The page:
Eight years is an insult
Eight years for a son's 16th birthday party where beer was served is way too severe a sentence. [February 20 cover story: "Eight years: for a 'minor' offense?"] (http://www.readthehook.com/93079/cover-story-eight-years-minor-offense).
It's unfair to multiply the normal sentence (a mere 90 days) on the grounds that a teenager, the late Brittany Bishop– who had dated the son and who'd died due to a drunk driver– "wasn't even cold in the ground" at the time of the birthday party.
The unfairness is grotesque when one considers that the parents required those who drank at the party to sleep over and that, among the 10 minors who tested positive for alcohol, the highest blood alcohol count was a mere .03.
Obviously the judge wanted to "send a message" that it's wrong to give alcohol to teens. But a draconian sentence is the wrong message. I'm persuaded the judge subscribes to the conventional wisdom that sentences should be set not just according to what offenders deserve (i.e., to what alone fits the crime) but also according to what might "scare straight" other actual or potential offenders.
Several problems with that conventional wisdom: 1) It's hard enough to fit the punishment to the crime. Speculation about deterrent effects is at best a distraction. 2) The best deterrence is a system that's truly just. Over punishment is a tyranny (if not a crime) perpetrated upon a perp. Such tyranny undermines moral authority in general, fomenting adolescent and post-adolescent "rebellion." 3) Just as a crime has rippling repercussions, so does an act of tyranny: Incarceration, in particular, is a cause of divorce. The parent-defendants in this case, George and Lisa Robinson, have already separated.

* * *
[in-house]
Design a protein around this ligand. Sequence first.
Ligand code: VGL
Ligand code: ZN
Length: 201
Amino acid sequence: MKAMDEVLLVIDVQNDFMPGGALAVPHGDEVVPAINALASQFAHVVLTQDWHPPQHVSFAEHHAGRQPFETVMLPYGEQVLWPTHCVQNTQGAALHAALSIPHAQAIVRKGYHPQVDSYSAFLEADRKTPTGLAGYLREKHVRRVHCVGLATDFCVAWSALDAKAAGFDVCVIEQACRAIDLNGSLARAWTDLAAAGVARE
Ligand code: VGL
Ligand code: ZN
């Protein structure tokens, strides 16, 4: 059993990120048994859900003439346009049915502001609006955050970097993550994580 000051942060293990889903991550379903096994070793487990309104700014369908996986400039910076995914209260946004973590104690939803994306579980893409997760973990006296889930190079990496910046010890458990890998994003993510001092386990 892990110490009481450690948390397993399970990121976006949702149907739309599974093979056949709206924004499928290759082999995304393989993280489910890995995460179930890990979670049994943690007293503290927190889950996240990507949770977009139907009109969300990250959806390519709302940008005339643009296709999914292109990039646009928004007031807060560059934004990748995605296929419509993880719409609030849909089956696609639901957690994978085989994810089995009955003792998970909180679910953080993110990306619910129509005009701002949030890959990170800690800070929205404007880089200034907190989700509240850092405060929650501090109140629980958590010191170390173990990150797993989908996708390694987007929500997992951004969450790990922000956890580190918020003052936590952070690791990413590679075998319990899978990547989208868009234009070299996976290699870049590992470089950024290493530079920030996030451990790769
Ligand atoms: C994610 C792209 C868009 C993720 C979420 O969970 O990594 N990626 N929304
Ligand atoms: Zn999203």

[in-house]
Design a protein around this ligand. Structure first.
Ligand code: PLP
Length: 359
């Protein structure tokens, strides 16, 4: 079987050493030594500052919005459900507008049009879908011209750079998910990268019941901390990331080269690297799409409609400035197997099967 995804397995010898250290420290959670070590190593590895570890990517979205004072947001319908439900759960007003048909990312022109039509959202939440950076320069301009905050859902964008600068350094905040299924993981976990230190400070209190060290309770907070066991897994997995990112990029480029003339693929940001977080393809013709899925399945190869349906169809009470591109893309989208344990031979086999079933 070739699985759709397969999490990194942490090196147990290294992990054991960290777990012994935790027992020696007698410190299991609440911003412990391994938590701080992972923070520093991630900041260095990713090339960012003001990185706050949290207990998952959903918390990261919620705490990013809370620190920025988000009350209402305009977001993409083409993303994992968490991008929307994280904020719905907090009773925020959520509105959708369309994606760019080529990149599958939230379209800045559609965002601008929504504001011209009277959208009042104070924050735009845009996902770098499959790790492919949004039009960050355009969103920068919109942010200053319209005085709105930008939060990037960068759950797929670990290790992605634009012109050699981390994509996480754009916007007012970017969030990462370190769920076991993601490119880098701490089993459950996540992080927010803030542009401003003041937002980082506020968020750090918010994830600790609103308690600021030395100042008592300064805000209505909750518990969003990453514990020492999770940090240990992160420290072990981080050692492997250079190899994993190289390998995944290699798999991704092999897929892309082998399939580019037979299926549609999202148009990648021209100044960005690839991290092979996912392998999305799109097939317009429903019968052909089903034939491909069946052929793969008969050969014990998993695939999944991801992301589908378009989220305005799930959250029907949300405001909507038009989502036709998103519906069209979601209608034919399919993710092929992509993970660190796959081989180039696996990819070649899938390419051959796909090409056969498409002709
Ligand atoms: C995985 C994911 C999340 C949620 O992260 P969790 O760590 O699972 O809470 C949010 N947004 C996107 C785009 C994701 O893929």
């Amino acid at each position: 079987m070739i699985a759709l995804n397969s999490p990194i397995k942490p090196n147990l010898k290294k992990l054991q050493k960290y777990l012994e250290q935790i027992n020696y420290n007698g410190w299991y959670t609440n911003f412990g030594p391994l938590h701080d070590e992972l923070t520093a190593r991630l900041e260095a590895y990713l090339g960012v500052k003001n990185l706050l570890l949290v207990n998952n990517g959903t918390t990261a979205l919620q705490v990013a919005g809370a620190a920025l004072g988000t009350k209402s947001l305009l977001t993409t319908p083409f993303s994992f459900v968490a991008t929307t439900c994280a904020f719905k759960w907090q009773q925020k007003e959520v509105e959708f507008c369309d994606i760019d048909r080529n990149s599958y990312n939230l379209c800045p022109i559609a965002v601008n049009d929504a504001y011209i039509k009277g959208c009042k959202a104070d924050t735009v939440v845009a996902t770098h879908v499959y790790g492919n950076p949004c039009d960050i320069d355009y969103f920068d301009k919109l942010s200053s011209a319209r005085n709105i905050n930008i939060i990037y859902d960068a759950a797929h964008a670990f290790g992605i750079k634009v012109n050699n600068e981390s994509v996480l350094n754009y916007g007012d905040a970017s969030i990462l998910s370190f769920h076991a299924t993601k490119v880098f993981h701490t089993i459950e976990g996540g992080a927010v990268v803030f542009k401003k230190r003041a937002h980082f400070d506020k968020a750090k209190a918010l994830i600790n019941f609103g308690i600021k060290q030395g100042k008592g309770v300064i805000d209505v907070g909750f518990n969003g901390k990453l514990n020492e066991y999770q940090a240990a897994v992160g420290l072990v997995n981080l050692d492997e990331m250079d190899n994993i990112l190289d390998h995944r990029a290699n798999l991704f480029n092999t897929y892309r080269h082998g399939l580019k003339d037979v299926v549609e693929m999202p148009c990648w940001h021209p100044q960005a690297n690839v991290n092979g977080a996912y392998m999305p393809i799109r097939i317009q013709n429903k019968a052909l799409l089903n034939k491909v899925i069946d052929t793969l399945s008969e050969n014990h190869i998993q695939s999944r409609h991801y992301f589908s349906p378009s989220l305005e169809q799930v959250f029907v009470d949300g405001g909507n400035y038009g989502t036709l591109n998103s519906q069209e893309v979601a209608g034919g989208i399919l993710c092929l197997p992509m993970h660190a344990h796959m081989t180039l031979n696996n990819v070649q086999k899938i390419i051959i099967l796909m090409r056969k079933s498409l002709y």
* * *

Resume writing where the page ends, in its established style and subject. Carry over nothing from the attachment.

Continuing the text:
Jesus said: "Whatever you wish that men would do to you, do so to them, for that is the law and the prophets." If we want justice done to ourselves, we must apply the Golden Rule to criminal sentencing. To determine what punishment is deserved, we must try to put ourselves in the shoes of the offender.
Which leads me to points four and five: To over-punish offenders in order to "scare straight" others violates the basic human dignity of both offenders and those to be intimidated. It treats them all as mere manipulable means to an end–- indeed, as moral morons, conscience-less calculators of risks and rewards. And that attitude undermines the basic self-esteem we all need in order to be law abiding. It undermines community cohesion as well, for people (including crime victims!) often don't want to inform the police or bear witness in court, when "doing the right thing" is doing the draconian thing–- and then, ironically, the guilty often get away unpunished.
Mark B. Peterson